Editor’s note: This post was part of a cover story package in our February 19, 2014 print edition. To read the other portion of the story, see “New S.C. gun law will strip mandatory 8-hour training requirement”, also by Corey Hutchins.
This morning, Gov. Nikki Haley signed a new law allowing concealed weapons permit holders to bring loaded weapons into bars and restaurants as long as there’s no sign prohibiting them and those carrying don’t drink. The law also strips a timing requirement for anyone taking a CWP course; they must take a written and firing test, but the course is no longer mandated to last eight hours.
We have a longer piece in our features section this week on the effect the law is having in the community and hospitality industry, and another piece about what scrapping the timing requirement could mean. But we thought we’d string out another part of the issue a little more. Specifically, how it passed so fast.
Similar laws had failed here several times before, said its latest sponsor Sen. Sean Bennett (R-Dorchester). Bennet has only been a lawmaker for two years, and he says he introduced the gun bill last year because his constituents asked him to. It was the first big debate in the Senate, which convened last month.
Here’s what else Bennett said about the speed in which his law passed.
“I think one of the reasons why it did pass is that it was laser focused. It was not a comprehensive overhaul of the concealed weapons permit laws of South Carolina. It was just very narrowly focused. One of two things happen with legislation, I think. You either have giant comprehensive bills that take years to get through or you keep them very narrow and simple. And sometimes those move more quickly.”
That could be one reason, but Shane Massey (R-Aiken), who chaired the Senate subcommittee that took up the bill last year, says the national conversation about gun laws in the wake of the Sandy Hook shooting also likely played a role.
Here’s how Massey explained it to the City Paper:
“I do think though the national conversation had an impact. We passed a law to require mental health reporting for the background checks. That was a result of the national conversation. But also I think that because there seemed to be such a push coming out of Washington to restrict gun rights there was a response to that in South Carolina that helped push this legislation to allow for more responsible gun ownership. I do think that there was a push back to the national conversation that helped this bill pass.”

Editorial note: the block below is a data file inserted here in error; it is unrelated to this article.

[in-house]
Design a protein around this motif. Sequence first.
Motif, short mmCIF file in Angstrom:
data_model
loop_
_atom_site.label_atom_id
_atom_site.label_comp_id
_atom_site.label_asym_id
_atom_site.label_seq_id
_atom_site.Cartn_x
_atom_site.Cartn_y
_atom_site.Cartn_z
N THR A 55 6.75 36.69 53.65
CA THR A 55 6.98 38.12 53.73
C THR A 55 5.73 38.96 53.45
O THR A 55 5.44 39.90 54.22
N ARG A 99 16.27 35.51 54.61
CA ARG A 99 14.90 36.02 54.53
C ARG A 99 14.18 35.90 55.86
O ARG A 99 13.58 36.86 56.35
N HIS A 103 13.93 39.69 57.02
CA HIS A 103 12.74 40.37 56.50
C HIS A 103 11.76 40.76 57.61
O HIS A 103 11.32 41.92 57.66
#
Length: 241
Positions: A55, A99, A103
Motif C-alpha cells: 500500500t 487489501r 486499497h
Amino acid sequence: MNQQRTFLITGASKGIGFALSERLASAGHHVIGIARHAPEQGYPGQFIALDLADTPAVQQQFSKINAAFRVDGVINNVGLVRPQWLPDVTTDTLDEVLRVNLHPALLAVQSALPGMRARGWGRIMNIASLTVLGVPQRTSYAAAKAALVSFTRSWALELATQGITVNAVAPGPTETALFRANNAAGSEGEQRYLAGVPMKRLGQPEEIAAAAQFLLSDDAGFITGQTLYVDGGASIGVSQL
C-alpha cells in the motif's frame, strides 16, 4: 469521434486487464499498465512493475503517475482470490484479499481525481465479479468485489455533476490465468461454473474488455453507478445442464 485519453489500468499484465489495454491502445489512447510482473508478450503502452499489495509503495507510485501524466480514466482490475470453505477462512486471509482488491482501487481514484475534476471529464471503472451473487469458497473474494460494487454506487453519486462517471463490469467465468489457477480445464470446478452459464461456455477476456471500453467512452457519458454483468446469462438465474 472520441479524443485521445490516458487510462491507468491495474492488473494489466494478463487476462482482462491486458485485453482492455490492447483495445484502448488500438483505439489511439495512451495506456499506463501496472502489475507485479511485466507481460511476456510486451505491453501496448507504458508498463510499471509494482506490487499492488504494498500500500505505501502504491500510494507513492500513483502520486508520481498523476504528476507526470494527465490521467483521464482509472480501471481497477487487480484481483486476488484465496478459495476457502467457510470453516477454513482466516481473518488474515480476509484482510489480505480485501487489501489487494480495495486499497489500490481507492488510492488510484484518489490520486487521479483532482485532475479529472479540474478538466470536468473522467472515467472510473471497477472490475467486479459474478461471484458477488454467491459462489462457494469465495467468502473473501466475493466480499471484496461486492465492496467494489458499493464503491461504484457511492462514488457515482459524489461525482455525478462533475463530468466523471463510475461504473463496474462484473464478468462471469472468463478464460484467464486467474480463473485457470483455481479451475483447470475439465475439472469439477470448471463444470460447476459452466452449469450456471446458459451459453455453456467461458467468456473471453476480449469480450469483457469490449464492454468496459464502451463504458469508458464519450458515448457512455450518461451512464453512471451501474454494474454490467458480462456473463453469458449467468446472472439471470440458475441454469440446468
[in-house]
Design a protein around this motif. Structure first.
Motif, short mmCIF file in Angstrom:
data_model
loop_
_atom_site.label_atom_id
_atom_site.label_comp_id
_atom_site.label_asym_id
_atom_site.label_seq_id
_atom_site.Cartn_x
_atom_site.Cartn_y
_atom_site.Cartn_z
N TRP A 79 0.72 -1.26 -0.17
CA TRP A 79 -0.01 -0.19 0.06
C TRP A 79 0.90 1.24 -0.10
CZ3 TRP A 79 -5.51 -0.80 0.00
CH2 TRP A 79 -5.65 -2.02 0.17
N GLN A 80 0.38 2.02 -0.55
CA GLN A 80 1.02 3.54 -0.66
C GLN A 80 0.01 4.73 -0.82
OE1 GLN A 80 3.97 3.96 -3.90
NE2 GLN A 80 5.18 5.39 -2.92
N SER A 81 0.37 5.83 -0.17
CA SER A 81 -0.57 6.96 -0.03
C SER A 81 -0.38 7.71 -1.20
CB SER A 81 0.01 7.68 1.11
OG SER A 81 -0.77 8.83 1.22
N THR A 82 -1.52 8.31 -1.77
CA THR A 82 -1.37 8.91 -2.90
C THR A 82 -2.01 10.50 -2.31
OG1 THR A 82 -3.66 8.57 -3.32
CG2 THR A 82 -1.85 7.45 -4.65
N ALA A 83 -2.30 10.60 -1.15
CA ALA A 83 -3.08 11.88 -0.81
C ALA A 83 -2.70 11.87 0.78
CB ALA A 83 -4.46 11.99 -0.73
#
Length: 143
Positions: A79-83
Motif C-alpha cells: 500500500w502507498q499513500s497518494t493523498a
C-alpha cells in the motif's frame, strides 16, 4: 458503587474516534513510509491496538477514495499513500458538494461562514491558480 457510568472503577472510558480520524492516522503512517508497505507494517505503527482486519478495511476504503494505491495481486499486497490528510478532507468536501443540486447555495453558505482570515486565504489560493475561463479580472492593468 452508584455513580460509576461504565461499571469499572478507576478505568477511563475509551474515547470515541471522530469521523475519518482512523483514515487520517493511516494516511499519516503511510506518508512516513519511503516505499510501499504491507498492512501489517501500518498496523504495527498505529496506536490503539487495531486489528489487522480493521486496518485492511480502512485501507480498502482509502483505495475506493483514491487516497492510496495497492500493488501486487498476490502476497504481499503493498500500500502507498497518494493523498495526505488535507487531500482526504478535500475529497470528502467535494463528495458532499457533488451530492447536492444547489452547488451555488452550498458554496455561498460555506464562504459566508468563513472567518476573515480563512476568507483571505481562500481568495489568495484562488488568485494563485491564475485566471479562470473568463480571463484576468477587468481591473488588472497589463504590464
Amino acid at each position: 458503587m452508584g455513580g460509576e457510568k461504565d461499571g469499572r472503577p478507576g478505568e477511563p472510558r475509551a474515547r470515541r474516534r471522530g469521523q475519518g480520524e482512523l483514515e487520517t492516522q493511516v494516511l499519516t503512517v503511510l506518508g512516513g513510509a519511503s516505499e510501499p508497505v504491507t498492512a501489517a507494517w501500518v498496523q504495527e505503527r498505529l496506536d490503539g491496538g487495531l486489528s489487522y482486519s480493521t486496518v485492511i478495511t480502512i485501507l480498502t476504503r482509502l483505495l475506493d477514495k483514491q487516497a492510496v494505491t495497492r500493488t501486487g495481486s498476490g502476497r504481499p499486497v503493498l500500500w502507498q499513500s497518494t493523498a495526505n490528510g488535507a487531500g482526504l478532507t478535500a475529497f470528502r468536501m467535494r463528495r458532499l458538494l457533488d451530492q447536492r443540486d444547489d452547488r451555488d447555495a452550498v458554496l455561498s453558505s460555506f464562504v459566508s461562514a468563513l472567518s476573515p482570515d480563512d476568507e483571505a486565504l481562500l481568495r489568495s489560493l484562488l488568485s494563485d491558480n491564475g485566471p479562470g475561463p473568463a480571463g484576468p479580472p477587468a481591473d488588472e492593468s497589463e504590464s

Winthrop University political scientist and pollster Scott Huffmon says that 2014 being an election year also helped. “I think there was hesitation, born of fear, that to not support it might be taken out of context,” he says. Voting against the bill, regardless of a lawmaker’s previous support for gun rights, Huffmon says, might have signaled to special interests and voters that he or she doesn’t support gun rights.
The measure passed with bipartisan support. House Minority Leader Todd Rutherford (D-Columbia) championed the bill. Haley’s likely rival for governor this year, Sen. Vincent Sheheen (D-Camden), voted for it. This year, Sheheen needs to make up at least 5 points, Huffmon says, and if he’d voted against the gun bill he could have lost as much at 10.
For some, though, the law didn’t pass quickly enough — or go as far as it could have.
Robert Butler, who tracks legislation for the Lexington-based GrassRoots GunRights group, says he doesn’t like that the new law bans CWP holders from gunslinging while sipping on a cocktail. Butler doesn’t drink, but he knows some gun-toting folks who do. “I have friends who do like to have a glass of wine with dinner or a drink or two, and they should be allowed to do that,” he says. “It’s an issue of personal responsibility and freedom.”
Asked why he thinks the legislation passed so quickly, Butler said it might have something to do with former Sen. Jake Knotts (R-Lexington) being sent out to pasture in the 2012 elections. For his part, Massey says that likely had an impact because the ex-senator had previously hindered movement on the law, but, he added, “I don’t think that by itself was enough.”